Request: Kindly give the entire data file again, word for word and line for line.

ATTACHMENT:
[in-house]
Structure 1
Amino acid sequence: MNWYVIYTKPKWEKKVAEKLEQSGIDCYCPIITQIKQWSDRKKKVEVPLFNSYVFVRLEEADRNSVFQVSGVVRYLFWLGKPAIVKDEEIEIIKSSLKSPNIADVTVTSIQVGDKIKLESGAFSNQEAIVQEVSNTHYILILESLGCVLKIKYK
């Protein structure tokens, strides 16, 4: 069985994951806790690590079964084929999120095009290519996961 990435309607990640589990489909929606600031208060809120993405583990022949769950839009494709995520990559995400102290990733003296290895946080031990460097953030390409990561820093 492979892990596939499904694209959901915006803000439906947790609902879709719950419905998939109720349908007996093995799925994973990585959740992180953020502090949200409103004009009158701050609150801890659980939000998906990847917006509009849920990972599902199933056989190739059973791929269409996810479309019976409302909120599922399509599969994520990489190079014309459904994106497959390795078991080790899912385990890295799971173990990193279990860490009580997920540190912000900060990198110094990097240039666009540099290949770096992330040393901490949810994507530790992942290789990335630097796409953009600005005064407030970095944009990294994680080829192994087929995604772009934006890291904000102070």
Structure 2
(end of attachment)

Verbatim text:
[in-house]
Structure 1
Amino acid sequence: MNWYVIYTKPKWEKKVAEKLEQSGIDCYCPIITQIKQWSDRKKKVEVPLFNSYVFVRLEEADRNSVFQVSGVVRYLFWLGKPAIVKDEEIEIIKSSLKSPNIADVTVTSIQVGDKIKLESGAFSNQEAIVQEVSNTHYILILESLGCVLKIKYK
């Protein structure tokens, strides 16, 4: 069985994951806790690590079964084929999120095009290519996961 990435309607990640589990489909929606600031208060809120993405583990022949769950839009494709995520990559995400102290990733003296290895946080031990460097953030390409990561820093 492979892990596939499904694209959901915006803000439906947790609902879709719950419905998939109720349908007996093995799925994973990585959740992180953020502090949200409103004009009158701050609150801890659980939000998906990847917006509009849920990972599902199933056989190739059973791929269409996810479309019976409302909120599922399509599969994520990489190079014309459904994106497959390795078991080790899912385990890295799971173990990193279990860490009580997920540190912000900060990198110094990097240039666009540099290949770096992330040393901490949810994507530790992942290789990335630097796409953009600005005064407030970095944009990294994680080829192994087929995604772009934006890291904000102070």
Structure 2